It was an amazing year. Our productions of Shakespeare in the Park including Twelfth Night, Coriolanus and Macbeth played to great critical and audience acclaim.
On a personal level, I completed a full circle in directing Twelfth Night, as this was the first play that I performed in for Shakespeare Festival of Dallas in 1985. I was just starting my career in theater and I was hired to work on a bus-and-truck version that travelled all over the Southwest. I was the Assistant Stage Manager, bus driver and played the role of Antonio in the production. There is some satisfaction to be the artistic and executive leader of a company that I served as a bus driver for back in the day. The idea that you can make things happen in Dallas continues to be on my mind.
For Shakespeare Dallas, we were able to forge a new partnership with AT&T Performing Arts Center with the Complete Works of William Shakespeare being performed in a staged reading format over the next 5 years. This series represents a significant commitment for all of us to see the entire canon produced in a relatively short time. I am grateful to our artistic and production team that heads up this amazing project for our company. It is the beginning of an epic journey.
And 2012 saw the end of another very long journey—producing and directing the world premiere of Diamond Dick: The Tulsa Race Riots of 1921 written by my friend and colleague Erik Ehn. This project began as an idea by Erik to stage 16 plays about genocide in the 20th century that had influence of American policy. Erik approached me about the idea almost five years ago. It is purely faith, will power and sense of artistic need that led to the fruition of this project. We have been workshopping, rehearsing, and raising money for the better part of three years. Finally in March of 2012 we performed the play in Dallas.
When I began the project, I thought it was a little presumptuous to assume that I could find a way to tell the story of atrocities that were committed almost 90 years ago on an African-American community in Tulsa, Oklahoma. But the faith of an unbelievably talented artistic ensemble and the tremendous support of the Dallas community, made this project take off. After a short remount in Dallas in late October we headed to New York City, to join 15 other companies from around the world to produce all 16 plays in eight days at La Mama ETC.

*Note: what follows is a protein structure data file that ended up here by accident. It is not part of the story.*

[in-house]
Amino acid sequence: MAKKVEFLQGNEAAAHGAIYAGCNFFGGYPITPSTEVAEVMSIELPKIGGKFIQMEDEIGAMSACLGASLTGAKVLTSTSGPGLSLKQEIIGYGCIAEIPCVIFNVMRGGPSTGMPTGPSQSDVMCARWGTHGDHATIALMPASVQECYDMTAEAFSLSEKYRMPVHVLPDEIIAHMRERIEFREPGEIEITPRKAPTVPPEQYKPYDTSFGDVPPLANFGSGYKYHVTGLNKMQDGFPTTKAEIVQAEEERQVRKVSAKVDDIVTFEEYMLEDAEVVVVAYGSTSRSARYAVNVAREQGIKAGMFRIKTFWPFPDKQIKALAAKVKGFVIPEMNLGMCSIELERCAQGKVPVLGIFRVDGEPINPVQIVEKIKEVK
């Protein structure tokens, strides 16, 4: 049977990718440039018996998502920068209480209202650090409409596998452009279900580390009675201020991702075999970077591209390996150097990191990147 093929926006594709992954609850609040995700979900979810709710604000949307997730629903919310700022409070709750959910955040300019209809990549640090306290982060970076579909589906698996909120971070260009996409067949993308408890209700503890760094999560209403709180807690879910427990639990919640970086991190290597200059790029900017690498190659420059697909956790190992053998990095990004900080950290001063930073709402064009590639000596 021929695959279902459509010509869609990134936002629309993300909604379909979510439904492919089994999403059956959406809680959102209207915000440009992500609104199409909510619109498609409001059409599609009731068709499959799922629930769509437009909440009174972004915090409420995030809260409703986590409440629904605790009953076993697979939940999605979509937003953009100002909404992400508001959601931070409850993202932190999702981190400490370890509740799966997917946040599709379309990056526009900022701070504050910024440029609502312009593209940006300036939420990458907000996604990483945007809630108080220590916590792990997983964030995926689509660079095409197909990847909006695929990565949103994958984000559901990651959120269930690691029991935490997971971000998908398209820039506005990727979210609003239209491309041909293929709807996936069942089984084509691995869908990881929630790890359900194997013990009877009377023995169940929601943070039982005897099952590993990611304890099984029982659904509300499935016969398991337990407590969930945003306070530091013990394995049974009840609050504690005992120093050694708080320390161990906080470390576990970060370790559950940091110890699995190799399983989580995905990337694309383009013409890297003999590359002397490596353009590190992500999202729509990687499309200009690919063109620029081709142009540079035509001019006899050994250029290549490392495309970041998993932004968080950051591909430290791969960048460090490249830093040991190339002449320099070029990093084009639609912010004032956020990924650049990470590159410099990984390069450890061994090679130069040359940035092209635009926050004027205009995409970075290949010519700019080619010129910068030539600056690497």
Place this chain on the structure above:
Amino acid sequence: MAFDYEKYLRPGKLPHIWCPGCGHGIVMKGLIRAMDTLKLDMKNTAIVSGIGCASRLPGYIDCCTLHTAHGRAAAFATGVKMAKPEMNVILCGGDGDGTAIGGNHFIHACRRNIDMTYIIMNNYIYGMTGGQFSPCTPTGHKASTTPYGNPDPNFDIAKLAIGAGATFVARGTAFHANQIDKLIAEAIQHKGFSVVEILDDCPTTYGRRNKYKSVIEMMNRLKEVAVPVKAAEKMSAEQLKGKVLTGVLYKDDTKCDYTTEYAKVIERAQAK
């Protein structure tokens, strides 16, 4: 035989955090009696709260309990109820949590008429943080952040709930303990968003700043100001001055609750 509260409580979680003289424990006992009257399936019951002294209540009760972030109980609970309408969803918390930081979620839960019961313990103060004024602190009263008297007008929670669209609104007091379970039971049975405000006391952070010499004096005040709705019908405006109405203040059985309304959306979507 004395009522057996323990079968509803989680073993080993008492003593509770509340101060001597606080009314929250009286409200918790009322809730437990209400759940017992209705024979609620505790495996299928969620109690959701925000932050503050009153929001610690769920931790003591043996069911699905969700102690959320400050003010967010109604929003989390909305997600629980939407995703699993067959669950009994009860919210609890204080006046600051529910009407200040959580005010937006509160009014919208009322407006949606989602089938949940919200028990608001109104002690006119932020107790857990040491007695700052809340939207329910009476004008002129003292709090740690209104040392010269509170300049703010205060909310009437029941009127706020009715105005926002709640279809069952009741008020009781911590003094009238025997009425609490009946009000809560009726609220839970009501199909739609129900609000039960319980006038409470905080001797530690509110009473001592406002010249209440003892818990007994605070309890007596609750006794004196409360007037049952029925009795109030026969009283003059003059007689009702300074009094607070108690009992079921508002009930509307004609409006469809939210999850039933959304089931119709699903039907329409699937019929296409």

The experience at La Mama ETC was breathtaking. To be performing in one of the most hallowed experimental theatres in New York City felt like coming home to my avant-garde roots. The production was incredibly well received by audiences and the New York Times called Diamond Dick a "standout production." It also gave some contextualization about the quality and adventurousness of theatre from Dallas. Our work can compare with the work by artists from around the globe and be called a peer with some of the best.
The passion and sense of desire to produce exceptional theater is at the forefront of my mind as we begin the New Year. So much good has been done and I see a resurgence that will lift all of us to a new level. I salute all of the art makers and wish great success in 2013.
◊ Raphael Parry is the artistic director of Shakespeare Dallas and Project X: Theatre. You can see him onstage in February in Kitchen Dog Theater's production of Ionesco's The Chairs. Also, he'll direct Pericles for Shakespeare Dallas. You can read more about the 2013 season here.
◊ This is the first of our year-end essays from members of the arts community on TheaterJones. From now through the end of the year, look for essays from Michael Serrecchia, Amber Nicole Guest, Jeremy Dumont, Vicki Caroline Cheatwood and others. If you'd like to contribute an essay, email Mark Lowry at email@example.com.